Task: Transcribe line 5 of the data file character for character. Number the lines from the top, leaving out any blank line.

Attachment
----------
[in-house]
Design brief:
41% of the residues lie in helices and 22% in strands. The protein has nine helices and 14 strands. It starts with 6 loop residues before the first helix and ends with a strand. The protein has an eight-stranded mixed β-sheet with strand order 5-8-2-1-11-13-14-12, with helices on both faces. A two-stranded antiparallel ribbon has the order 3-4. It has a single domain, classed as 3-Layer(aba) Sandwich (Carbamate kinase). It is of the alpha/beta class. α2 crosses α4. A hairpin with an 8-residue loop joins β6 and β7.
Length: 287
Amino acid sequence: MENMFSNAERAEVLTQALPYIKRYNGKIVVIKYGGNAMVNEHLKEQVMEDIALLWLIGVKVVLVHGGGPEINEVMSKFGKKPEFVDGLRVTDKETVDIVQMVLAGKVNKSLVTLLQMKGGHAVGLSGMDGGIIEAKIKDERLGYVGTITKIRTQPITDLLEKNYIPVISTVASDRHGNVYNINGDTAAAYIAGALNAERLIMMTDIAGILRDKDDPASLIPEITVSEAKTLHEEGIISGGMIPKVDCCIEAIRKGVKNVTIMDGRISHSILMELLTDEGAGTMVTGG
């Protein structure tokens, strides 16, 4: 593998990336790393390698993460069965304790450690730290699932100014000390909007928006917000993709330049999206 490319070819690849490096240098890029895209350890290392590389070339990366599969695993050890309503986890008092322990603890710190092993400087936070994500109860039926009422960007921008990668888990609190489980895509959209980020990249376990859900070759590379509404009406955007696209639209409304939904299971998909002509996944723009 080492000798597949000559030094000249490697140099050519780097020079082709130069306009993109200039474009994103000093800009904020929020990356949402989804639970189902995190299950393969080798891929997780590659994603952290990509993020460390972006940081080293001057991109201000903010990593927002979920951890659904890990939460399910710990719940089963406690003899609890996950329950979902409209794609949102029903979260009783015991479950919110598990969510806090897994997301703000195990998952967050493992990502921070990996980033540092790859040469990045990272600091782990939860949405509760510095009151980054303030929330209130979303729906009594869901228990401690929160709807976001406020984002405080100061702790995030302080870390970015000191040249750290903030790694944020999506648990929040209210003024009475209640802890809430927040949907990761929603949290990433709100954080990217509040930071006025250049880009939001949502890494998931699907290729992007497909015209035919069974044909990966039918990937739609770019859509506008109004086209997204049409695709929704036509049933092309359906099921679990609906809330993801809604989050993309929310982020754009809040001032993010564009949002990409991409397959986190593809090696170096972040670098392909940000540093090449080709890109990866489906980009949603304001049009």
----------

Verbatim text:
Amino acid sequence: MENMFSNAERAEVLTQALPYIKRYNGKIVVIKYGGNAMVNEHLKEQVMEDIALLWLIGVKVVLVHGGGPEINEVMSKFGKKPEFVDGLRVTDKETVDIVQMVLAGKVNKSLVTLLQMKGGHAVGLSGMDGGIIEAKIKDERLGYVGTITKIRTQPITDLLEKNYIPVISTVASDRHGNVYNINGDTAAAYIAGALNAERLIMMTDIAGILRDKDDPASLIPEITVSEAKTLHEEGIISGGMIPKVDCCIEAIRKGVKNVTIMDGRISHSILMELLTDEGAGTMVTGG